Loans are a terrific way for parents to foster a child’s independence, encourage responsibility and signal their confidence that their child can succeed on their own.  They also don’t use any of your lifetime gift tax exemption ($11.58 million per person).  But, loans to family highlight some important tax and family concerns you should be aware of.

Kiplinger’s recent article entitled “Gifts vs. Loans: Don’t Be Generous to a Fault” tells the story of Mary Bolles. The case illustrates that parents’ actions and expectations as to repayment of the loan can recharacterize the “loan” to a taxable “gift.” That can mean unintended gift tax consequences. Mary was the mother of five who made numerous loans to each of her children. She kept copious records of each loan and any repayments. Between 1985 and 2007, she loaned her son Peter about $1.06 million to support his business ventures — despite the fact that it soon was clear he wouldn’t be able to make any more payments on the loans. None of the loans to Peter was ever formally documented, and Mary never tried to enforce the collection of any of the loans.

In late 1989, Mary created a revocable living trust, which specifically excluded Peter from any distribution of her estate when she died. While she later amended her trust to no longer exclude him, she included a formula to account for the “loans” he received in making distributions to her children. After her death, the IRS said that the entire amount of the loans, plus accrued interest, was part of her estate. They assessed the estate with a tax deficiency of $1.15 million.  The estate said the entire amount was a gift.

At trial, the court considered the factors to be weighed in deciding whether the advances were loans or gifts. Noting that the determination depends not only on how the loan was structured and documented, the court also explained that in the case of a loan to family, a major factor is whether there was an actual expectation of repayment and intent to enforce the debt.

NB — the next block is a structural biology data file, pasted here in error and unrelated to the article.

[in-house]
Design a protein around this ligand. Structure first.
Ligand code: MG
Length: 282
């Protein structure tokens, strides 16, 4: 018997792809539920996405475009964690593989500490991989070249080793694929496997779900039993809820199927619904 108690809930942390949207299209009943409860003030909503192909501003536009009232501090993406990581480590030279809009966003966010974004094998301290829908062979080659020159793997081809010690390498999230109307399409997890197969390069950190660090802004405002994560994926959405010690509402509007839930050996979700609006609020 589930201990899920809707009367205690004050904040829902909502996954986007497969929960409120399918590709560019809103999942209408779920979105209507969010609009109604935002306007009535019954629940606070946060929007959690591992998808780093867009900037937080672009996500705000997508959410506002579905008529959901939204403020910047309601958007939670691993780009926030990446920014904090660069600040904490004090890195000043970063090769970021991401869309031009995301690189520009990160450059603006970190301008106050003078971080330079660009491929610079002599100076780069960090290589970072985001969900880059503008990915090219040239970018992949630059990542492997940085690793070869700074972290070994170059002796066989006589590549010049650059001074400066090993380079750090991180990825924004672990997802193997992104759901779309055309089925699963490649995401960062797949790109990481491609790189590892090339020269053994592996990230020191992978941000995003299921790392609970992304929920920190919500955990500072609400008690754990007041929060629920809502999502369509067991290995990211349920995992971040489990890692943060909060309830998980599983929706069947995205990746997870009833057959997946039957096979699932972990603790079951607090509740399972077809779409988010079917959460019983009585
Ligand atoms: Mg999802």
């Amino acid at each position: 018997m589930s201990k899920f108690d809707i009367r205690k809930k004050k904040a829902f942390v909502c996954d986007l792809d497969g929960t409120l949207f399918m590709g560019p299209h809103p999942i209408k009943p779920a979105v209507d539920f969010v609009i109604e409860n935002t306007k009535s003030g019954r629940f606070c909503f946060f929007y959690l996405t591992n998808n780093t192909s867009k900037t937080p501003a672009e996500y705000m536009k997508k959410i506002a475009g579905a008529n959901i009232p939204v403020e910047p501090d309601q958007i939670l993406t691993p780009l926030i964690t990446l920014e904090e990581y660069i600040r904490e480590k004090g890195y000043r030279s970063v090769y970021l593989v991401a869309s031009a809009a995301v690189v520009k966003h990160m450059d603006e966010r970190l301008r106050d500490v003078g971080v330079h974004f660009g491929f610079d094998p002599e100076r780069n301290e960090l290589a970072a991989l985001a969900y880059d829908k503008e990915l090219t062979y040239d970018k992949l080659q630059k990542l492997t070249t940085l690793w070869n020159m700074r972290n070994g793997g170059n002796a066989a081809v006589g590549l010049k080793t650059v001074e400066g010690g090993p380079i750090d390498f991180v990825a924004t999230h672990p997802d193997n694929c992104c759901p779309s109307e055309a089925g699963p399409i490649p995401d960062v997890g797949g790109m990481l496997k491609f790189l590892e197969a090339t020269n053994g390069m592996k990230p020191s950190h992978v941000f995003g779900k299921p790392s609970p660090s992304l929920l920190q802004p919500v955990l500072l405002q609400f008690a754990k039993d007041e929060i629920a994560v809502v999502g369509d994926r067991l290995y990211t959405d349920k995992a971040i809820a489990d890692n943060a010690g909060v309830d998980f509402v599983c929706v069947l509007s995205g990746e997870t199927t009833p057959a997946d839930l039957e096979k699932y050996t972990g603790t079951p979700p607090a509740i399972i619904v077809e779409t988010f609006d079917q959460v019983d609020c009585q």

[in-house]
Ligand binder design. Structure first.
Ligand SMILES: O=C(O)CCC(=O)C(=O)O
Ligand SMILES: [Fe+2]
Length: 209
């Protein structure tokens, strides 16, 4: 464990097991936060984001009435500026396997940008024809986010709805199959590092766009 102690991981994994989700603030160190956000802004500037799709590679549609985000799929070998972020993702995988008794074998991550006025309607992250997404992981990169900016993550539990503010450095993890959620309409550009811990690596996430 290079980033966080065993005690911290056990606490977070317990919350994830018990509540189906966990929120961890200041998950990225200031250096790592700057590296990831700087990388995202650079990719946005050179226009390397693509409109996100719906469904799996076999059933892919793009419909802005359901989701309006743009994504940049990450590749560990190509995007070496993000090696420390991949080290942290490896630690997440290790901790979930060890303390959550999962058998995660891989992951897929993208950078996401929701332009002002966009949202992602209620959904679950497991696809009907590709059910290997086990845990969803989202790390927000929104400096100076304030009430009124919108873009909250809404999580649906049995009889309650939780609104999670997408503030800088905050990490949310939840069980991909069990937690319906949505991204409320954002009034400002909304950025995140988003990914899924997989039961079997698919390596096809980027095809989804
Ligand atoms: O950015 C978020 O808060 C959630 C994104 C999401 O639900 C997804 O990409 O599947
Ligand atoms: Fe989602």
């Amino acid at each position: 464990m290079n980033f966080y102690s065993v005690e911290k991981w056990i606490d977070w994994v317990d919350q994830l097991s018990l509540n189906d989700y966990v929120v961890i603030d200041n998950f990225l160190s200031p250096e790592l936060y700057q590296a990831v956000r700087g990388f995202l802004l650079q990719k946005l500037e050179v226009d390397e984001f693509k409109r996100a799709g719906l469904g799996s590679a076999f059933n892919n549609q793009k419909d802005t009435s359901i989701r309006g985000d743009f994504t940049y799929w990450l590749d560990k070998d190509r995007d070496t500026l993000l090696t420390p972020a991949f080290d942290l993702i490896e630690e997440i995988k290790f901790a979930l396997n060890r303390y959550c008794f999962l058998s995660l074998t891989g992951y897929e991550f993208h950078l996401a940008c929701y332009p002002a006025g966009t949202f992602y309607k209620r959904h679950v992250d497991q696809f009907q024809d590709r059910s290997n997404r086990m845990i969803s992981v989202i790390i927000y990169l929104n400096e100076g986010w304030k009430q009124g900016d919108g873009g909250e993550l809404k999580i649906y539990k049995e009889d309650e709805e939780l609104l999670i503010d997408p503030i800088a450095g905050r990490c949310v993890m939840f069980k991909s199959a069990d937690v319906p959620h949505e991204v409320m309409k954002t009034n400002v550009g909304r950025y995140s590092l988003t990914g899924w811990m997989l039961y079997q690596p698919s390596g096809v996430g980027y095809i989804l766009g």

The court compromised and held that any advances prior to 1990 were loans (about $425,000), since the evidence suggested that Mary reasonably expected that Peter would repay the loans, until he was disinherited from her trust in late 1989. The court said that the money given to Peter after he was disinherited — from 1990 onward — were gifts.

The decision shows that if you’re considering taking advantage of the elevated gift tax exemption before it sunsets, review any outstanding family loan transactions. You should see the extent to which those loans may have been transmuted into gifts over the years—which may adversely impact the amount of your remaining available exemption. The safest way to do this would be to consult an experienced estate planning attorney, who can help you safely navigate these complex rules.

When making a gift there are other considerations.  If you will make such a loan, treat it as such.  Have a lawyer prepare a loan agreement.  Create a reasonable expectation that the loan will be repaid and that you’ll enforce it.  This isn’t just for tax reasons, it is to maintain family harmony.  Giving a “loan” to one child may not sit well with the others, so make sure it is honored.  You should also consider the impact this will have on state taxes, income taxes, and long-term care planning if relevant to you.

To be safe, follow these simple steps:

  1. Document the loan transaction between the lender and borrower.
  2. Charge interest based on the government rates (AFR), which are published monthly.
  3. Make sure the borrower will have enough net worth to likely repay the loan.
  4. Get a copy of the borrower’s financial statement.
  5. If the loan sets out periodic payments, make certain these are made on time.
  6. Report the interest income you receive from the borrower on your income tax return.

Make sure that you do any intra-family loans properly to avoid any future issues.

Reference: Kiplinger (Oct. 7, 2020) “Gifts vs. Loans: Don’t Be Generous to a Fault”